Chronic Symptom Burden Is Significant and Highlights the Need for Improved Detection and Recognition of Symptoms in Patients with Light Chain Amyloidosis

Living with light chain amyloidosis (AL) poses challenges, with a high symptom burden particularly in the early period after diagnosis and initial treatment. In patients living with AL for ≥1 years, patient-reported symptoms and the impact on quality of life have not been well described.

Researchers wanted to ascertain the most clinically relevant and important symptoms impacting daily life after overcoming the “early mortality stage” of AL that occurs during the first year. They conducted a qualitative study using semistructured interviews of patients who had been diagnosed with AL and had been identified based on information from a United States–based cancer center and amyloidosis support groups.

The study sample prioritized diversity of patient participants with respect to gender and amyloid organ involvement. The interviews were audiotaped, recorded, coded, and examined.

Between July 2019 and October 2019, 20 subjects were interviewed; 15 of these participants had lived with a diagnosis of systemic AL for ≥1 years, ranging from 1.5 years to 13 years. Involvement of specific organs varied; cardiac involvement was exhibited by 7 patients, renal involvement was exhibited by 6 patients, 2 patients had neurologic symptoms, and 1 patient had gastrointestinal involvement. Finally, in 5 patients there were ≥3 organs involved.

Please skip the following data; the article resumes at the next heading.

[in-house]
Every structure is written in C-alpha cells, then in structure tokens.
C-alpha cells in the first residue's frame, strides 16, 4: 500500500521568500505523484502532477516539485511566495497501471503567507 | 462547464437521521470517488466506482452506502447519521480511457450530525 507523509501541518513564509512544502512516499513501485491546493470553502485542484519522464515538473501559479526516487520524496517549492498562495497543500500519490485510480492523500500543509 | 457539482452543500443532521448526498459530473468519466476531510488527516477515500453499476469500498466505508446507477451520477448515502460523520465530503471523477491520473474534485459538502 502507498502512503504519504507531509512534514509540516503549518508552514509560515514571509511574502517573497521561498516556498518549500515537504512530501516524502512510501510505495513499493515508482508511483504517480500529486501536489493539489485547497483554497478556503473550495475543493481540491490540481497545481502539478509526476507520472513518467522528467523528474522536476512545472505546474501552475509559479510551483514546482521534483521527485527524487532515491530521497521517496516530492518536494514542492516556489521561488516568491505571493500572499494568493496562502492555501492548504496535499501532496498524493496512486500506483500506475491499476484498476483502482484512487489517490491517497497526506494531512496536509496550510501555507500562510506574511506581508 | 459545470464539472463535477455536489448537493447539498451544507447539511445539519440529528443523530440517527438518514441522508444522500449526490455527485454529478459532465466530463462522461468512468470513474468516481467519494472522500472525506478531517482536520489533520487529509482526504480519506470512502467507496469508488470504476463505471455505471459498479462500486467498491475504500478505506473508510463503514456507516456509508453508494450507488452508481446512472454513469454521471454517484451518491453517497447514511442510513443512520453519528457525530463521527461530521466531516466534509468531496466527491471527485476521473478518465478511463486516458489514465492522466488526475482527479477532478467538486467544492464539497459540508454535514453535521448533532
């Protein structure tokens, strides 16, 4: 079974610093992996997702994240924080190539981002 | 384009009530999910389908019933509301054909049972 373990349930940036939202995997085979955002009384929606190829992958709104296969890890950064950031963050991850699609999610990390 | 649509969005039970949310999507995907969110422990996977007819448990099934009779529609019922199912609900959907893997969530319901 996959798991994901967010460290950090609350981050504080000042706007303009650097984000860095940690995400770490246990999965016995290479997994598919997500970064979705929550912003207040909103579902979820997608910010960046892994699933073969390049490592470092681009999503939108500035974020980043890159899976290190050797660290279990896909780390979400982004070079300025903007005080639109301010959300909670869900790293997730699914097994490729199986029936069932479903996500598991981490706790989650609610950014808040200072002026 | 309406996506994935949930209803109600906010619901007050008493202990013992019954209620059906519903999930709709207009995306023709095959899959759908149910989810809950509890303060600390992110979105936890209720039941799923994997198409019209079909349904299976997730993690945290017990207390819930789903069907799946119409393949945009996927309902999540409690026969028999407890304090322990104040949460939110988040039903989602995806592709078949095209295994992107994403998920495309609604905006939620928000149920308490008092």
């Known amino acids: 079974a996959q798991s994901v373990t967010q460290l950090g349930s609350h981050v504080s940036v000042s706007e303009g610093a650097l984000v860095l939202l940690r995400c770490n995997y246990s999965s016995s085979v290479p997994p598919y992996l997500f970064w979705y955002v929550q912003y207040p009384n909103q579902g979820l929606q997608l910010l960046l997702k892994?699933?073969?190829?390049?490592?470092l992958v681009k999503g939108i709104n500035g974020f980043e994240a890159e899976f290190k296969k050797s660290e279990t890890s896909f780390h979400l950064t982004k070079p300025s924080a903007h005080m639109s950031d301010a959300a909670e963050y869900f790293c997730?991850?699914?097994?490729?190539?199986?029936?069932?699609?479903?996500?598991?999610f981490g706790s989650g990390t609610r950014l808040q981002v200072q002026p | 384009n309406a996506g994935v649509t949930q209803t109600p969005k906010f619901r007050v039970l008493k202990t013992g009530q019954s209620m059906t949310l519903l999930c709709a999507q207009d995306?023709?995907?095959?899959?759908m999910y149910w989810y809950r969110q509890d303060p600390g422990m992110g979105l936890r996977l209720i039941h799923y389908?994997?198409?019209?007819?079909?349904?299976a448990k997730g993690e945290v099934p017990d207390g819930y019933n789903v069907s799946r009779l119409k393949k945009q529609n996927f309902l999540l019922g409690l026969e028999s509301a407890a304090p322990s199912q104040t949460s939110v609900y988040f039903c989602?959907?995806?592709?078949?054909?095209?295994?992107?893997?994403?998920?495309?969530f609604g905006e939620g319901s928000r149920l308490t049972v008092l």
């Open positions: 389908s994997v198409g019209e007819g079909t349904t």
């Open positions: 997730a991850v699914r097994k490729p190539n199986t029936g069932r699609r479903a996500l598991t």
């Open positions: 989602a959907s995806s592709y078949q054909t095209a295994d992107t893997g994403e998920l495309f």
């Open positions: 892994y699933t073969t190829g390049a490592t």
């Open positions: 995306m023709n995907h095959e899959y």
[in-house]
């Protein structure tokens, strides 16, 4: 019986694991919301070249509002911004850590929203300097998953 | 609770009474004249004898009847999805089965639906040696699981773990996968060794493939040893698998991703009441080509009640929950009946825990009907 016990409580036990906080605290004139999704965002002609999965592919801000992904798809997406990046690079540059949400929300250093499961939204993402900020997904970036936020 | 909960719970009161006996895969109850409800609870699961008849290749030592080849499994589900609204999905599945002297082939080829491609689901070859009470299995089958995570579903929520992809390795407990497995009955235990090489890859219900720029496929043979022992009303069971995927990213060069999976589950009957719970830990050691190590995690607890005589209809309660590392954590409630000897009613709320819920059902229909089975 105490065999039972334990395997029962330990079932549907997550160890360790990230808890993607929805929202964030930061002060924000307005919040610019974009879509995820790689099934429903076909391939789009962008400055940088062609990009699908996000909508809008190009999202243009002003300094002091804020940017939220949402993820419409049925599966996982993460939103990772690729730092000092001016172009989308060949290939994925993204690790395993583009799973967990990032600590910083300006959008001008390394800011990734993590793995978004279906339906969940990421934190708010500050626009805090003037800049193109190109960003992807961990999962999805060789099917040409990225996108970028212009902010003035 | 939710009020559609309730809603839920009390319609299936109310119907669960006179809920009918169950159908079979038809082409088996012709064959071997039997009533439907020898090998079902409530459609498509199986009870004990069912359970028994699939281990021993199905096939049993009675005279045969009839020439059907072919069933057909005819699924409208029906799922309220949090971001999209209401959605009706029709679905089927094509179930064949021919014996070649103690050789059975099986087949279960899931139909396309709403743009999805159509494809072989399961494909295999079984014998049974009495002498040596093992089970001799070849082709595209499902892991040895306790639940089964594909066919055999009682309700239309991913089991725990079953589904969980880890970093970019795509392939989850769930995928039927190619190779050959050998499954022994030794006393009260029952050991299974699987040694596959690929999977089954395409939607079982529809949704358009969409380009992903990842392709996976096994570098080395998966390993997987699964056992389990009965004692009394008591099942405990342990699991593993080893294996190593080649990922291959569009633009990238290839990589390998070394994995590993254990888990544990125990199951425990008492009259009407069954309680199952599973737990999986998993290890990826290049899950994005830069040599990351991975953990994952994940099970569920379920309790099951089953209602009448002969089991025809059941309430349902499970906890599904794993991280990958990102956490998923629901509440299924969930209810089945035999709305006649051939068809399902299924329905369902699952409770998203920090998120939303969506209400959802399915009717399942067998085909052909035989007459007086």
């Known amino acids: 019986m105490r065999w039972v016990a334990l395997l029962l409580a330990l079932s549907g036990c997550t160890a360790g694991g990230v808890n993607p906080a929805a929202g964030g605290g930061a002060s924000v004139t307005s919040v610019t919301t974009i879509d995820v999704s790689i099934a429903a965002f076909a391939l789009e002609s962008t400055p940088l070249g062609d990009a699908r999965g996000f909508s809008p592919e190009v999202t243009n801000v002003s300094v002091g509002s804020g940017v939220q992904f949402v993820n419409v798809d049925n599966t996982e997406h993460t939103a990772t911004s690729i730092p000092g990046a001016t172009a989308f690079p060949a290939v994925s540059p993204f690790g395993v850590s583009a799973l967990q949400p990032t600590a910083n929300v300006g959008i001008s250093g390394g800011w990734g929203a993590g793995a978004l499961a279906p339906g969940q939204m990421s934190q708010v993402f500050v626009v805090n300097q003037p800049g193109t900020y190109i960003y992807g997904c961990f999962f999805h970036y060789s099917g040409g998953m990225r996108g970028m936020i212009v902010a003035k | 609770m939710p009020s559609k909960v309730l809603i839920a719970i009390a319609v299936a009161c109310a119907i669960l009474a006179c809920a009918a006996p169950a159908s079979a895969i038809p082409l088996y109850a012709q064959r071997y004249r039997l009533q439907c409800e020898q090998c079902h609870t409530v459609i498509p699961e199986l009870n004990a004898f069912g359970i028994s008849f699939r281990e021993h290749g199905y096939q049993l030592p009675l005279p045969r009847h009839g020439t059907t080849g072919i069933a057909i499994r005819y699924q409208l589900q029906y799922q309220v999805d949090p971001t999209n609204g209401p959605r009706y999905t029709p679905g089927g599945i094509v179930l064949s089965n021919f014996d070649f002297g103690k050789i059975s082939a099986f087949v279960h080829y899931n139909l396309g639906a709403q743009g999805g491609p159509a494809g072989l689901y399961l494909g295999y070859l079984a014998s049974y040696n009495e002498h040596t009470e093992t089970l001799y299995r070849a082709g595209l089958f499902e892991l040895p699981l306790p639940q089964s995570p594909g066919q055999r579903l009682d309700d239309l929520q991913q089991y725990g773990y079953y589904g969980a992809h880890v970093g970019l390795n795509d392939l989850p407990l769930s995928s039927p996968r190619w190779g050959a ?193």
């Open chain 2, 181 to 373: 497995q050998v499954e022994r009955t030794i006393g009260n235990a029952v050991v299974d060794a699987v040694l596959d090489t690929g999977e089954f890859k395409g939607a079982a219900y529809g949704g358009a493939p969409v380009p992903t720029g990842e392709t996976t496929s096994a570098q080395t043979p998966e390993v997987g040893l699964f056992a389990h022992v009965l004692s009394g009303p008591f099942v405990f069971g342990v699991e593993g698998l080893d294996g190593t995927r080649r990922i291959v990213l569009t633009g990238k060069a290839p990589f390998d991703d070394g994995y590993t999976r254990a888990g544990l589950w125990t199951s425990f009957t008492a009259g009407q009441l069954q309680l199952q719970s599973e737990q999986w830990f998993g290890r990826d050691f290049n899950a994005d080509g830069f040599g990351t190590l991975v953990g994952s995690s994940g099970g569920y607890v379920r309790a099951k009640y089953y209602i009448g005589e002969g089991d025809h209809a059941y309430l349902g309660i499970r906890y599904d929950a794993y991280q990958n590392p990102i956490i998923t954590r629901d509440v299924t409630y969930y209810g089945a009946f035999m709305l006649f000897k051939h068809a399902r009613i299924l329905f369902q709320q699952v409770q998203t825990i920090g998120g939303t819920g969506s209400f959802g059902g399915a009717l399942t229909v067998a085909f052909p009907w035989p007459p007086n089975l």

Active chemotherapy treatment was being administered to 5 patients and 8 had been treated with a stem-cell transplant previously.

A wide range of symptoms was reported by patients. A lack of symptom burden resolution and uncertainties about perception of symptoms were frequently expressed concerns. Dyspnea, fatigue, gastrointestinal symptoms, pain, and swelling were also frequently reported. Some patients talked about the emotional impact of living with AL and their apprehension about their symptoms, which were secondary to the disease itself, in addition to the treatment.

General symptoms described included fatigue, weight changes, cold intolerance, sleep disturbance, bruising, and speech or vocal changes. Cardiac signs included swelling, dizziness, and shortness of breath. Patients also reported gastrointestinal signs, including taste disturbances, difficulties chewing, dysphagia, nausea, anorexia, diarrhea, and constipation. Neuromuscular concerns included pain, gait, and imbalance. Signs of mental anxiety, anger, depression, memory issues, forgetfulness, and social withdrawal were discussed by patients. Some participants described having foamy urine, bruising, and brittle nails.

The researchers characterized clinically important symptoms of patients living with AL after overcoming the first, critical year after diagnosis; this is when there is the highest level of early mortality and symptom burden.

This study underscores that for patients with AL, the chronic symptom burden is significant and highlights the need for improved diagnosis and recognition of symptoms. There is a need for future research to characterize the experience of patients who have undergone the typical disease course over the first year, to improve patient education efforts.

Source: D’Souza A, Myers J, Finkel M, et al. Living with amyloidosis: perspectives from patients living with light chain (AL) amyloidosis for over a year. Presented at: XVII International Symposium on Amyloidosis 2020; September 14-18, 2020. Abstract PT041.

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